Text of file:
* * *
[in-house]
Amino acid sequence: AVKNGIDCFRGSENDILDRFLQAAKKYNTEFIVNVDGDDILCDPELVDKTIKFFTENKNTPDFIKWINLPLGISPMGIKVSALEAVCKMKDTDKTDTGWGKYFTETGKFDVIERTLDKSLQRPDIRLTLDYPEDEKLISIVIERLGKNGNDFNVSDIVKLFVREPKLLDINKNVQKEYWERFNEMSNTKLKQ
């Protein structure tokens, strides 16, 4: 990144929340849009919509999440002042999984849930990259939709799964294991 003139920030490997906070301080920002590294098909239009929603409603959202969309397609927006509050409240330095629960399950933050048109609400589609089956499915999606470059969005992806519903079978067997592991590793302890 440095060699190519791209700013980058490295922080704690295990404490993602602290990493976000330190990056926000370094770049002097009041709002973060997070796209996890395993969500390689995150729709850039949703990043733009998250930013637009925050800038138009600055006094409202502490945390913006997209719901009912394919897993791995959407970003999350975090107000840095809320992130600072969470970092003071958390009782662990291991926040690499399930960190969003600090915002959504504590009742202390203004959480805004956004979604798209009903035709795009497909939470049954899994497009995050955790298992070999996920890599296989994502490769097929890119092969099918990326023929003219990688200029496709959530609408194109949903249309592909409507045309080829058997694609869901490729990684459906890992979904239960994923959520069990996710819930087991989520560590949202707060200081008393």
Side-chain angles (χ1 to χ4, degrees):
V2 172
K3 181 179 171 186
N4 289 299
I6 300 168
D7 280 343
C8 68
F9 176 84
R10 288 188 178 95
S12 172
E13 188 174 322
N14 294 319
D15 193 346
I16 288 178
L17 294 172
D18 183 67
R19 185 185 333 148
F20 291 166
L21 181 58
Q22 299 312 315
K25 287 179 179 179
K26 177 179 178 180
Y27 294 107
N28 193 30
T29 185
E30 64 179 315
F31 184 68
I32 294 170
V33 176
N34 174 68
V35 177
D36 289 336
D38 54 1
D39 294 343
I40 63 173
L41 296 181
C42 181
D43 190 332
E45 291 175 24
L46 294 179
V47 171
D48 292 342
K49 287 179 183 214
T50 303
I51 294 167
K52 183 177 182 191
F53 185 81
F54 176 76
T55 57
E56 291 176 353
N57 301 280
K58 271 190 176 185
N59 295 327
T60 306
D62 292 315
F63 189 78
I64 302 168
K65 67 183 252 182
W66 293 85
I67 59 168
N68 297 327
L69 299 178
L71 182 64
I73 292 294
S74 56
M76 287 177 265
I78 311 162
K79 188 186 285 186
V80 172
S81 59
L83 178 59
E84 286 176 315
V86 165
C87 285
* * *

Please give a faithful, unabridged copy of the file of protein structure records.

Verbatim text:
[in-house]
Amino acid sequence: AVKNGIDCFRGSENDILDRFLQAAKKYNTEFIVNVDGDDILCDPELVDKTIKFFTENKNTPDFIKWINLPLGISPMGIKVSALEAVCKMKDTDKTDTGWGKYFTETGKFDVIERTLDKSLQRPDIRLTLDYPEDEKLISIVIERLGKNGNDFNVSDIVKLFVREPKLLDINKNVQKEYWERFNEMSNTKLKQ
């Protein structure tokens, strides 16, 4: 990144929340849009919509999440002042999984849930990259939709799964294991 003139920030490997906070301080920002590294098909239009929603409603959202969309397609927006509050409240330095629960399950933050048109609400589609089956499915999606470059969005992806519903079978067997592991590793302890 440095060699190519791209700013980058490295922080704690295990404490993602602290990493976000330190990056926000370094770049002097009041709002973060997070796209996890395993969500390689995150729709850039949703990043733009998250930013637009925050800038138009600055006094409202502490945390913006997209719901009912394919897993791995959407970003999350975090107000840095809320992130600072969470970092003071958390009782662990291991926040690499399930960190969003600090915002959504504590009742202390203004959480805004956004979604798209009903035709795009497909939470049954899994497009995050955790298992070999996920890599296989994502490769097929890119092969099918990326023929003219990688200029496709959530609408194109949903249309592909409507045309080829058997694609869901490729990684459906890992979904239960994923959520069990996710819930087991989520560590949202707060200081008393």
Side-chain angles (χ1 to χ4, degrees):
V2 172
K3 181 179 171 186
N4 289 299
I6 300 168
D7 280 343
C8 68
F9 176 84
R10 288 188 178 95
S12 172
E13 188 174 322
N14 294 319
D15 193 346
I16 288 178
L17 294 172
D18 183 67
R19 185 185 333 148
F20 291 166
L21 181 58
Q22 299 312 315
K25 287 179 179 179
K26 177 179 178 180
Y27 294 107
N28 193 30
T29 185
E30 64 179 315
F31 184 68
I32 294 170
V33 176
N34 174 68
V35 177
D36 289 336
D38 54 1
D39 294 343
I40 63 173
L41 296 181
C42 181
D43 190 332
E45 291 175 24
L46 294 179
V47 171
D48 292 342
K49 287 179 183 214
T50 303
I51 294 167
K52 183 177 182 191
F53 185 81
F54 176 76
T55 57
E56 291 176 353
N57 301 280
K58 271 190 176 185
N59 295 327
T60 306
D62 292 315
F63 189 78
I64 302 168
K65 67 183 252 182
W66 293 85
I67 59 168
N68 297 327
L69 299 178
L71 182 64
I73 292 294
S74 56
M76 287 177 265
I78 311 162
K79 188 186 285 186
V80 172
S81 59
L83 178 59
E84 286 176 315
V86 165
C87 285